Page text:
All these numbers are growing however, because our numbers are growing in Texas. They're hard-working people. There are some who are more economically able than others. I have some very, very poor people in the district. People who work very hard. So, it's really a cross section. You know, I have little towns in my district, historic areas in my district, and people who are really are hardworking, but also have a sense of pride to be an American. Their concern was that it seemed that this bailout was on their backs, when they had no fault whatsoever.

And isn't it interesting to hear members of our Congress, members of the other party, are suggesting that this mortgage crisis came about through the overutilization or the overemphasis on minorities getting mortgages, or that people were living above their means. This is what was said on the floor in the House. So, my community has a certain distrust that all of the effort would be to help those who created this debacle, and nothing for those who are actually victimized by it.

CHIDEYA: If you were to craft the bill completely on your own, you've given us some very distinct points that you would like, so I'm not saying that you should reiterate all of them, but maybe, if you were to craft a bill that passed in five minutes from now, what would be the number one thing you would ask for?

Rep. JACKSON-LEE: I would strengthen the enforcement, so that there would not be any latitude to respond or not respond. I wouldn't have the word encourage, I would say must or shall, rework the mortgages that are held by these investment banks. And I would put the onus or the burden on the investment bank to go ahead and restructure, and after the fact, secure the permission from their fellow investors. They should in essence guarantee or ensure the particular mortgagee, the holder of the mortgage, so that that person can go away whole, the restructured mortgage, and not be victimized.

The decision to bungle mortgages as security was not the decision of the individual homeowner. That homeowner went to some bank in some town, with the good intentions of achieving the American dream. It was the mortgage investment - excuse me, investment houses, who found this a golden goose if you will, and decided to buy these up. And then, decided to sell them off internationally, and then the international markets decided to buy them. So that would be the first instance. The second theme that I would have in it, is to tell the markets to calm down. To let them look at history. The savings and loans catastrophe was certainly one that we felt we'd never recover from, it was bad, there were a lot of bad actors, but we recovered in seven years.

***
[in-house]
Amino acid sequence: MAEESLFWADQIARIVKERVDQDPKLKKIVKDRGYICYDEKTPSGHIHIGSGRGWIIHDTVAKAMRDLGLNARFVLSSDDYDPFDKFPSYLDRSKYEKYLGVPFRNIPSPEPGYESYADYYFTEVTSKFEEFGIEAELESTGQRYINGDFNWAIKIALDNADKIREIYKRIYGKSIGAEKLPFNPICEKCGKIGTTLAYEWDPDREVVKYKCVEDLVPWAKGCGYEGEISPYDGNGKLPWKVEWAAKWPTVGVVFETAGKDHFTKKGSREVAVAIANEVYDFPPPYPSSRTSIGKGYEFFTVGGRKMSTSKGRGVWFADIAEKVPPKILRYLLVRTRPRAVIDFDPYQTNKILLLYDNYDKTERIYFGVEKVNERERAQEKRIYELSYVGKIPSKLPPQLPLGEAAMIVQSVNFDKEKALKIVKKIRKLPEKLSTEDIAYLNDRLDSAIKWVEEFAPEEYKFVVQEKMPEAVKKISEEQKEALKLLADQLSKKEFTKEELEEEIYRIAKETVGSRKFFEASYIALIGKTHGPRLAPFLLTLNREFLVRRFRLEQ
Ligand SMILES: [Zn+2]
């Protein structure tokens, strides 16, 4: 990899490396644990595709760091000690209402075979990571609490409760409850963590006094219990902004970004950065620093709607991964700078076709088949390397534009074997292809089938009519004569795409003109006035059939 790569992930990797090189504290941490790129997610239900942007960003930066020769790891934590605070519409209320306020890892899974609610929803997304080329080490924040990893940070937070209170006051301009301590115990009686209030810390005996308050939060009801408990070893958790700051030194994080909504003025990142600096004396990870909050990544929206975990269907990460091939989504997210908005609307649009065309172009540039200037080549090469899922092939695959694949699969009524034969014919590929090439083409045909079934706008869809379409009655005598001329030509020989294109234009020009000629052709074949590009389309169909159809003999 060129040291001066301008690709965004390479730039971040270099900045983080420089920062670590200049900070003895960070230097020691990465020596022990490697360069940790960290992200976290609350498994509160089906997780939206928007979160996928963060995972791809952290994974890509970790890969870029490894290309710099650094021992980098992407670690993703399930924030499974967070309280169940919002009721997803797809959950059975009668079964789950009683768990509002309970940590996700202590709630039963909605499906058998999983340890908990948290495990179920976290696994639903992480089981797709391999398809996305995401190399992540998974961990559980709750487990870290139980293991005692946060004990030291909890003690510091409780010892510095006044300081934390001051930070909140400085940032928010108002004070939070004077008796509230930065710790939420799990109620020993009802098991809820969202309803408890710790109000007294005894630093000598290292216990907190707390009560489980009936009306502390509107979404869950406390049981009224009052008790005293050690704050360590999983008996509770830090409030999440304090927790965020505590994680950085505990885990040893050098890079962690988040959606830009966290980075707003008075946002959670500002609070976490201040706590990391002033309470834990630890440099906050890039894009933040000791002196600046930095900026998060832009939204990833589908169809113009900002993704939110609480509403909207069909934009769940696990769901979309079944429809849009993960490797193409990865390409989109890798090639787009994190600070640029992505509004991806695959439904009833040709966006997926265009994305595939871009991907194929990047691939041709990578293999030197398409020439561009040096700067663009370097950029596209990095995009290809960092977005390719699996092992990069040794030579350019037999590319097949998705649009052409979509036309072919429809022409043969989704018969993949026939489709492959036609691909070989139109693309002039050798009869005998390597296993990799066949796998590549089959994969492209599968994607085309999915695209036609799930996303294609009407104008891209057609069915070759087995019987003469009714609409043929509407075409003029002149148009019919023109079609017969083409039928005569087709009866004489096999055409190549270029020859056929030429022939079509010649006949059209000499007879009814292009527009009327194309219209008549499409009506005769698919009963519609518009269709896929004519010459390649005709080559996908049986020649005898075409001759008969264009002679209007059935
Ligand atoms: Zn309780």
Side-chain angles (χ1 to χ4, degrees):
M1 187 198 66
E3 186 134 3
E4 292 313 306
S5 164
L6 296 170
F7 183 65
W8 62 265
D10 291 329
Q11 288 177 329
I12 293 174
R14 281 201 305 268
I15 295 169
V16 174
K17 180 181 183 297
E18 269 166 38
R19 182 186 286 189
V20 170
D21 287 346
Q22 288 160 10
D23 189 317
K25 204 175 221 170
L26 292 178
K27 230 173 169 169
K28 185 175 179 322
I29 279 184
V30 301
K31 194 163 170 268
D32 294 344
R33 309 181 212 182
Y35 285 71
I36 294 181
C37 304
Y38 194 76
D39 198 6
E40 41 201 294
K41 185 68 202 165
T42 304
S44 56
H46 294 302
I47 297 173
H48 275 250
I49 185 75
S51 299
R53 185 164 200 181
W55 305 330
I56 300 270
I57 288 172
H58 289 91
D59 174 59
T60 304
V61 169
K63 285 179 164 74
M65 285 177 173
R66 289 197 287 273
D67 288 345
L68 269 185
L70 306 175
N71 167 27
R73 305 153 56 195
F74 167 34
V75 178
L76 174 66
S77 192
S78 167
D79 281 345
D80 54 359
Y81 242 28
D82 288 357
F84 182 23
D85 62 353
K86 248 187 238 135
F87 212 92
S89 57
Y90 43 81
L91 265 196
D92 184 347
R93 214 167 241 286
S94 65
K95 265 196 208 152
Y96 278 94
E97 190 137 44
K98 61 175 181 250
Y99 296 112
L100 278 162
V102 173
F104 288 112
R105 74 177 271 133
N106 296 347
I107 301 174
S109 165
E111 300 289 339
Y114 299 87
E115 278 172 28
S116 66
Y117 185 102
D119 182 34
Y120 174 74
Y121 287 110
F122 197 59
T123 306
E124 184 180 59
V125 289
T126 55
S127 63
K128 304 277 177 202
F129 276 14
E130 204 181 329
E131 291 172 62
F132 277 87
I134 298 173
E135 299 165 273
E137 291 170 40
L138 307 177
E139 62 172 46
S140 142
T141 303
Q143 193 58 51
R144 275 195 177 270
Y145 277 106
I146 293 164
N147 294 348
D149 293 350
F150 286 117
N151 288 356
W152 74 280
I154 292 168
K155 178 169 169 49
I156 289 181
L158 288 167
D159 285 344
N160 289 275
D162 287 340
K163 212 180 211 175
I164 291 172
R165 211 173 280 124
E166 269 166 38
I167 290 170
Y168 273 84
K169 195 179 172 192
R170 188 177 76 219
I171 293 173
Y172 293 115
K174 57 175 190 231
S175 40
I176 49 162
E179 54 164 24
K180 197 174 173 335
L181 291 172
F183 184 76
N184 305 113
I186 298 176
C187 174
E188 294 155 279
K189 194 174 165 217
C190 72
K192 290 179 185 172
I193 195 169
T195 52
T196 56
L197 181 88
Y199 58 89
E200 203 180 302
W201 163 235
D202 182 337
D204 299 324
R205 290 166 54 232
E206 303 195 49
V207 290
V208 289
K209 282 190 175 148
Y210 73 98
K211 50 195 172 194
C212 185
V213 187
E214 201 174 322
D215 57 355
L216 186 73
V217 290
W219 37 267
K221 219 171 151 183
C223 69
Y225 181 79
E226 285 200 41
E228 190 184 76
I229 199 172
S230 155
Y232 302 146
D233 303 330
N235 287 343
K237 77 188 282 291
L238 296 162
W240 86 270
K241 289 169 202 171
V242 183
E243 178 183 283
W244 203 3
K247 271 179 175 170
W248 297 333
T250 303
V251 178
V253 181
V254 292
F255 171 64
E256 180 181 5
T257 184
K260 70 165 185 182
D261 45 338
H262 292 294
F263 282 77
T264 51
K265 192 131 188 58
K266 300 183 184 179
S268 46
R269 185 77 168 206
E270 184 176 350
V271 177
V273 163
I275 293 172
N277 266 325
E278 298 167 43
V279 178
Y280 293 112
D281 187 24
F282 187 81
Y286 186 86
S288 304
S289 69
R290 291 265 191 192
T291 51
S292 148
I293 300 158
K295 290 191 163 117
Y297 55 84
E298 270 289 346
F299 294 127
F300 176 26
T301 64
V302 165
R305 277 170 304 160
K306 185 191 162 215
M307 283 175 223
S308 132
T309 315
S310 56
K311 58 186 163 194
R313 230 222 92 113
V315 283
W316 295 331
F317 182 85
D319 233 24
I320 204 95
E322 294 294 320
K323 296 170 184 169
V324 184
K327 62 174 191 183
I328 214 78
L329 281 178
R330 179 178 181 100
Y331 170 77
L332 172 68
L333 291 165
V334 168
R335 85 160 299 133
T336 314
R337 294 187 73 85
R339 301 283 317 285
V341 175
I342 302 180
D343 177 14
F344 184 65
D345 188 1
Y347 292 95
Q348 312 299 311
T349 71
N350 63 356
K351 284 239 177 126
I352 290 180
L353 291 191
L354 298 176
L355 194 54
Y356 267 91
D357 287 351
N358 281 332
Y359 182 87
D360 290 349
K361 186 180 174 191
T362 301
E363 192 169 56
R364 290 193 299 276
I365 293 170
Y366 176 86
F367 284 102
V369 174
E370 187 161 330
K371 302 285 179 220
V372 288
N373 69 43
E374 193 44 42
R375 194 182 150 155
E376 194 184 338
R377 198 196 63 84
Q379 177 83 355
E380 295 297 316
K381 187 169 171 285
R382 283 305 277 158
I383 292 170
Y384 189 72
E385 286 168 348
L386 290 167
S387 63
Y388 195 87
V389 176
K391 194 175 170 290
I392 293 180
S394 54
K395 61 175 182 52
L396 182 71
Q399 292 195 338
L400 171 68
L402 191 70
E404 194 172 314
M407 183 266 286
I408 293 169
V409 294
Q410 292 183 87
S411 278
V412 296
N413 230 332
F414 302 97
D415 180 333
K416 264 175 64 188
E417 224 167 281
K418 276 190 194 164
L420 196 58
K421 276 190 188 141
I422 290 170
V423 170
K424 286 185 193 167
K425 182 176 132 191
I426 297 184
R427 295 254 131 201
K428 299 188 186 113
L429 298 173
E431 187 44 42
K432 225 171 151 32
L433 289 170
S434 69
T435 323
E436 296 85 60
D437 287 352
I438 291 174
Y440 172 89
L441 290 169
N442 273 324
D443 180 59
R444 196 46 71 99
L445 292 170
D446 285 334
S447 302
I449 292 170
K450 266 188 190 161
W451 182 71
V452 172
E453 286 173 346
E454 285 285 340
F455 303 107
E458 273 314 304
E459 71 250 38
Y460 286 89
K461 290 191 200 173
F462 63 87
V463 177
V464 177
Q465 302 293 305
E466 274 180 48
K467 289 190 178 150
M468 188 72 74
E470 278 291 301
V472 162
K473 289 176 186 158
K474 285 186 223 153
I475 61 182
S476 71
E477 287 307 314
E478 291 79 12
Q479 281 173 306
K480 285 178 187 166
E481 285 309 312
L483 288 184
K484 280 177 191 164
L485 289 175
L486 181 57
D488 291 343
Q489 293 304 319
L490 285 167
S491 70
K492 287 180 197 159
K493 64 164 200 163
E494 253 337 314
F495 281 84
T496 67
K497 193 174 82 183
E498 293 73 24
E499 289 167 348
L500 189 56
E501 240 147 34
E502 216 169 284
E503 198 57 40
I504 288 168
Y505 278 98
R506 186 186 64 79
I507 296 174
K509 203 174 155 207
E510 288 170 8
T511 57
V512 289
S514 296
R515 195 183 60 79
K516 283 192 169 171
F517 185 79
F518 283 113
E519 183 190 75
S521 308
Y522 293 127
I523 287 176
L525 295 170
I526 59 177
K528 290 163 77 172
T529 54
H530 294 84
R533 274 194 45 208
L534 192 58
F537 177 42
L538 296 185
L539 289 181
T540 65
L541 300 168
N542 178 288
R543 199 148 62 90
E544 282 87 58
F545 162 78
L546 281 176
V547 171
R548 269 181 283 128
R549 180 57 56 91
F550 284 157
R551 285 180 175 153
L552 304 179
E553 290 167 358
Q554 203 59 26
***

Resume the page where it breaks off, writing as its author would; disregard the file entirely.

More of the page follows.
I come from Texas, the Gulf region, where we saw the auto bust, thought we'd never come out of it. We came back, we came back strong, and not say that we wanted those unfortunate incidents, it's all (unintelligible). And we're coming back from that. The market needs to calm down, we need to ease the panic, we see some stability going on right now, and we truly need to write a bill that has some of the very important provisions that were already offered, about my friend and colleague, Congressman Waters, who did a fantastic job on the idea of minority participation and community banks, which I support strongly.

And now, add some enforcement provisions that would give a greater authority to the Department of Justice, to other jurisdictional committees like the judiciary committee, House oversight committee to ensure that our consumers, the innocent persons who live on Main Street, I mean our inner cities, the rural communities, are truly protected.

CHIDEYA: Congresswoman, thank you for your time.

Rep. JACKSON-LEE: Thank you for having me.

CHIDEYA: That was U.S. Congresswoman Sheila Jackson-Lee who represents Texas' 18th District. And coming up next on News & Notes, R&B singer Faith Evans has lived through abuse and the murder of her estranged husband, the rapper Biggie Smalls. She documents it all in her new memoir, "Keep The Faith."